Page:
Rohini Garde, VMware
August 15, 2020

In a recent company All-Hands meeting, VMware CEO, Pat Gelsinger, said, “Let’s move VMware faster to the future.” The phrase “faster to the future” got my immediate attention.

After the meeting, I started thinking about the phrase and wondered, “As a technical writer, what can I do to support this company goal?  What could be my contribution in helping VMware move faster to the future? “Can I document faster to the future”?

Well, as a technical writer for around 15 years, I always documented products after looking at the product, using, and testing the features myself. I always like to find out how each feature works, what might fail, or how to verify that the configuration worked. All the first-hand testing helped me write more accurate technical content.

But in this typical documentation development process, understanding a feature requires waiting for others to complete their work first. To begin actual documentation about the product or a feature, development must first be code complete. So, my actual documentation development starts late in the Software Development Life Cycle. I had to squeeze in my tasks near the end of the development life cycle and scramble to test the feature, write accurate technical content, and get the documentation reviews done before the GA date.

In this scenario, how can I support faster to the future?

The key factor could be getting involved and collaborating as a writer early in the process.

I recently had an opportunity to work on a brand-new product at VMware where technical writers are part of the UX team. UX designers and writers collaborate and work as one team. Everything in the product is driven by the UX team. UX designers create detailed workflows, wireframes, and mock-ups based on discussions with product managers and engineering teams.

The UX design team completes thorough user research to develop personas and a user journey map that helps identify the needs, behaviors, and goals of the users. The workflows provide the path that the user must follow to be successful completing a certain task. For example, workflows are developed for installation, configuring a certain feature, upgrading the product. UX designers identify the happy path, failure cases, and so on.

Different workflows, wireframes, and mock-ups help me understand how users will proceed to use the product or feature. For example:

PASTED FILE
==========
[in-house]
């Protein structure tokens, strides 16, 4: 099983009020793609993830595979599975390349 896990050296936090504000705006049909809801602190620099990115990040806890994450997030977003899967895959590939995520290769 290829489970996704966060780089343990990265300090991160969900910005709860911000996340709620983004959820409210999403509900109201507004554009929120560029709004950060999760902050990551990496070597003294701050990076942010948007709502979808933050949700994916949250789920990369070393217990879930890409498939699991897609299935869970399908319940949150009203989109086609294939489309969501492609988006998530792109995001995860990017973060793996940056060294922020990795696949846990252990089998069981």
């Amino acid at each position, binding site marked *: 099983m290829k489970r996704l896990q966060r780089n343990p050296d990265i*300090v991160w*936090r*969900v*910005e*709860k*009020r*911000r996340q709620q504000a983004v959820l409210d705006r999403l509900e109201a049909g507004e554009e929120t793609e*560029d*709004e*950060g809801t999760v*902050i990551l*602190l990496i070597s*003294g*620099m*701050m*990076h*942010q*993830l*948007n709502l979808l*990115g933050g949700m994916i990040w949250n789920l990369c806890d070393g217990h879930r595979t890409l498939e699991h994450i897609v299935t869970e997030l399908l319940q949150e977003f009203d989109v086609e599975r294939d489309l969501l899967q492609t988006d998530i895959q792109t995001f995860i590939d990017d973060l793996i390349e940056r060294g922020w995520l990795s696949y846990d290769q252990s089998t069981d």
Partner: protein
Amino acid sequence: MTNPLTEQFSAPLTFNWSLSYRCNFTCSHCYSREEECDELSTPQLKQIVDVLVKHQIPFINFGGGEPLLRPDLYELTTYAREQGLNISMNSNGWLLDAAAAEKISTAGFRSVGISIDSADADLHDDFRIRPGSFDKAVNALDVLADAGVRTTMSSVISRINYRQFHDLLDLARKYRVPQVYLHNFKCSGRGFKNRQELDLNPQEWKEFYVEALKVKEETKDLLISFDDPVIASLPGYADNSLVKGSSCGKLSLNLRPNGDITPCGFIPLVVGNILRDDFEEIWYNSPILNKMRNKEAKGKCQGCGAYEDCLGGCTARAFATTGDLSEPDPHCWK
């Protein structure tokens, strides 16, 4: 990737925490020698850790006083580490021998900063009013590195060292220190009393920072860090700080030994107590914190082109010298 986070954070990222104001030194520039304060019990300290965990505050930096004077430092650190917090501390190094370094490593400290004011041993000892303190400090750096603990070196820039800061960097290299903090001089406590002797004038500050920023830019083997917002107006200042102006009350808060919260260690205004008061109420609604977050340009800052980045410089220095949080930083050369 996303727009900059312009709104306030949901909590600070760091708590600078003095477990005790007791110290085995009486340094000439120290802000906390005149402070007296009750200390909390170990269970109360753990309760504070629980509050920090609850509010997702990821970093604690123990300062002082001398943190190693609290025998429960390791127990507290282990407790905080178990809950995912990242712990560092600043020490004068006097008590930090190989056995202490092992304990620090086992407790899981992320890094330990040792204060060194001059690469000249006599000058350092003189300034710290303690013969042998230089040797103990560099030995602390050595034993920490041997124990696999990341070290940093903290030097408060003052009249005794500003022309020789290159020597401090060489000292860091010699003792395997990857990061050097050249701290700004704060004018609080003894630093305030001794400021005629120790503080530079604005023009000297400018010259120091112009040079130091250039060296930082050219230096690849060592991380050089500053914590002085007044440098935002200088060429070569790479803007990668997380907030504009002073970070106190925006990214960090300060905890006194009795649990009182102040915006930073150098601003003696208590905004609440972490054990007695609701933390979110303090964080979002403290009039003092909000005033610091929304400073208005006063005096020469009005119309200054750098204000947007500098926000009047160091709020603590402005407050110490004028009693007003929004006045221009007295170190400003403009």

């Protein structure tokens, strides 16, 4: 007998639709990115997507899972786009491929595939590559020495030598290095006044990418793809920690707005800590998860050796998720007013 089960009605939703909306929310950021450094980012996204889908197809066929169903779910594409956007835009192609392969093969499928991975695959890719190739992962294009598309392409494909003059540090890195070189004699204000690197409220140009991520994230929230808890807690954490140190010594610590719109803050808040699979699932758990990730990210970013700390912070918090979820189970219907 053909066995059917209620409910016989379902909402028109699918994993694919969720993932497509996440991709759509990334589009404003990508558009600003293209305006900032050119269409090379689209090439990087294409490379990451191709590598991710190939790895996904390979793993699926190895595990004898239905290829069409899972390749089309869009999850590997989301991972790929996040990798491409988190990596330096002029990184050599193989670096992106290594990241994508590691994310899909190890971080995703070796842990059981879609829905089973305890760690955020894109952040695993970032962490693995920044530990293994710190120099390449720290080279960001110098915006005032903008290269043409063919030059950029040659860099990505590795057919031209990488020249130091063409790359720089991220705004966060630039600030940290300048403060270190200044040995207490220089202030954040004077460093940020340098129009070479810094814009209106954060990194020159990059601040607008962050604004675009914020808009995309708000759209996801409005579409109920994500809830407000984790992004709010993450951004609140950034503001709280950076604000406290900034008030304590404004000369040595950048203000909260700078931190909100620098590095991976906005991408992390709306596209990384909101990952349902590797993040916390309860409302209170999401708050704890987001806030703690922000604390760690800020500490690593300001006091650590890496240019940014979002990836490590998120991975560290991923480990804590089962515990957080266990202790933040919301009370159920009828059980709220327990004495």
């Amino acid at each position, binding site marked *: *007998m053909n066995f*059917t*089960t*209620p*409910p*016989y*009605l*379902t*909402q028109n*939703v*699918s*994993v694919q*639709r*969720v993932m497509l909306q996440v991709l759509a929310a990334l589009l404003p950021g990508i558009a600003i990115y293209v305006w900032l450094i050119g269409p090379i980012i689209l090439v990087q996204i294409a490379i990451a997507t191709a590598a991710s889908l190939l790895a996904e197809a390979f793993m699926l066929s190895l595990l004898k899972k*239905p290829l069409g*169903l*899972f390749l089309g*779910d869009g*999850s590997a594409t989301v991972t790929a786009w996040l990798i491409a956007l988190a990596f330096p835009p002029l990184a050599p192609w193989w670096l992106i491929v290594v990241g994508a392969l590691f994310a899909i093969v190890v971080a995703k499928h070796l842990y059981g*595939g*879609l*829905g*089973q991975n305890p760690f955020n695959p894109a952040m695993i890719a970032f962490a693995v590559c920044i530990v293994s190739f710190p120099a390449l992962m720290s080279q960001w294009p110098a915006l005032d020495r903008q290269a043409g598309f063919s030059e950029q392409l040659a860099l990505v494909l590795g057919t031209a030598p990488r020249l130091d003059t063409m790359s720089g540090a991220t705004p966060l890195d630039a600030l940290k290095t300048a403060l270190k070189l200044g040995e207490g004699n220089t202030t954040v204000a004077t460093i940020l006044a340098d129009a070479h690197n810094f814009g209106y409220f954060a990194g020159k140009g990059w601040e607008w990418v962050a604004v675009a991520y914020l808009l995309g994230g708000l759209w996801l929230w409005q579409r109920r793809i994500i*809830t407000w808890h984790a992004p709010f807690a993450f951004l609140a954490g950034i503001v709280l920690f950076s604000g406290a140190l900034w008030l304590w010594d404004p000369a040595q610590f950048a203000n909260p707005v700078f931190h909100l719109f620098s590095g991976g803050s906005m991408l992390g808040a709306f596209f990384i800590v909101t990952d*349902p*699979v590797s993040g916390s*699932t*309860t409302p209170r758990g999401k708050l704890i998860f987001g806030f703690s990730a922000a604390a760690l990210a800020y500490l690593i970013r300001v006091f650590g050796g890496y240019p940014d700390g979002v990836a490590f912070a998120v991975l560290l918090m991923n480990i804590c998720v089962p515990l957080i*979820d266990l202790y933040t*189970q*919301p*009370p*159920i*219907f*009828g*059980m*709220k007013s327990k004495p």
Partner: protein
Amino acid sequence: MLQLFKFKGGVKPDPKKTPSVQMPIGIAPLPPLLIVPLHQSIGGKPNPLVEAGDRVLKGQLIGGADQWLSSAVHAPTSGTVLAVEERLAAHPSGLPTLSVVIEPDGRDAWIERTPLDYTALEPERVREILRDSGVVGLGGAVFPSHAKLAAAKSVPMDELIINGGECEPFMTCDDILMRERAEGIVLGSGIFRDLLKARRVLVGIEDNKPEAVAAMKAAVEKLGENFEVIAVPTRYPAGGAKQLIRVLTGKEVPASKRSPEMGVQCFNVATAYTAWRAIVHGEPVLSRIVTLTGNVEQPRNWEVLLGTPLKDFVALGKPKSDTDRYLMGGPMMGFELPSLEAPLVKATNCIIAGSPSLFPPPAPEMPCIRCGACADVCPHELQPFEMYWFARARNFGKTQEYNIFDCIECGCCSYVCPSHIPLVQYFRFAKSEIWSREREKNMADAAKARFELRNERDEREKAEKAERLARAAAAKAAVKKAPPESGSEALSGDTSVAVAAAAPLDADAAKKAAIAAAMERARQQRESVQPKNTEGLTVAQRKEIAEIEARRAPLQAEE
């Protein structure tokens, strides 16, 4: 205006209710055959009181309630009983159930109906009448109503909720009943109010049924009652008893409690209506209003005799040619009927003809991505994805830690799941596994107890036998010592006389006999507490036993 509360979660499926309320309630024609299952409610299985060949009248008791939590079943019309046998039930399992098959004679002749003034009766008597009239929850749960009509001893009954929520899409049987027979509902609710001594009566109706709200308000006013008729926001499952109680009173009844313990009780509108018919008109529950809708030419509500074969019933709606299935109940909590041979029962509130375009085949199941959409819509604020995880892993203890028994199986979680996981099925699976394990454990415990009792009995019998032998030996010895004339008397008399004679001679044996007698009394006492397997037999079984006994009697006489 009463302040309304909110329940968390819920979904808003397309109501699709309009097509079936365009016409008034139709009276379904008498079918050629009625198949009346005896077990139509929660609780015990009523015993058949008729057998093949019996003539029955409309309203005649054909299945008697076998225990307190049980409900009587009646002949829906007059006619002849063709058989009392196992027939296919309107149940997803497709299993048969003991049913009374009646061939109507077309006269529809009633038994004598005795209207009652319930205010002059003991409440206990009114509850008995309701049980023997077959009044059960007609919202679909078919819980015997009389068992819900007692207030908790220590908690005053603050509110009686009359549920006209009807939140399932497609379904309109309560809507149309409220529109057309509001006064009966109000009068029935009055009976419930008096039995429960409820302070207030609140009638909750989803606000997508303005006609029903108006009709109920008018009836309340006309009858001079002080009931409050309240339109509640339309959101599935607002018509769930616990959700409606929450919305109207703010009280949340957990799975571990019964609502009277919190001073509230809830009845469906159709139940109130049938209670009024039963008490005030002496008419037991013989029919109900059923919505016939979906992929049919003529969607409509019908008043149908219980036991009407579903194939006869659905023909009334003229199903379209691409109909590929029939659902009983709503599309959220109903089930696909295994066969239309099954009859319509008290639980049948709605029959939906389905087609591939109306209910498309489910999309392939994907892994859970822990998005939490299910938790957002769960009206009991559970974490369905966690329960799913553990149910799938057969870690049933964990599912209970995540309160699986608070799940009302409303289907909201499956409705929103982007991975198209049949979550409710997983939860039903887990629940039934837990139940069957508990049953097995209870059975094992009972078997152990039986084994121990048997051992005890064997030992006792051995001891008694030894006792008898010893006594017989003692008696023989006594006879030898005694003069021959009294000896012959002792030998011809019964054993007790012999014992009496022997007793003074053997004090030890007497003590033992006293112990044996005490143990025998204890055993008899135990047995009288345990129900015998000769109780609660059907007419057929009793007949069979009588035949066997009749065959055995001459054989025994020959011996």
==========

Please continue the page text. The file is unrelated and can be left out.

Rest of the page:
• Prerequisites to perform a task
  • The installation or configuration path
  • The possible error messages and component in which to look for resolution
  • After the product or feature is configured, what is the first screen the user sees
  • How do users proceed, and so on

When the mock-ups and wireframes for a feature were ready from the UX designers, the engineering team started developing the feature, and I started documenting the feature in parallel. These are the steps that I took to achieve the first draft quickly:

  1. Pair with the lead UX designer for each feature and acquire the latest workflows, wireframes, and mock-ups. Also study the functional specs, architecture or design documents, or any available material.
  2. Participate in UX research to know your audience and the different personas involved.
  3. Access the existing User Interface and visualize the workflows based on the mock-ups. Create a detailed table of content (TOC) for the guide.
  4. Work with the UX, Product Managers (PM), and Engineering Managers to validate the TOC and clarify any queries.
  5. Develop the first draft. After the code is complete, look at the actual features to make any adjustments to the draft and get the topics reviewed.

These steps, along with the early collaboration, helped me keep pace with the UX and engineering teams and develop quality documentation.

That’s what I would call “documenting faster to the future”!!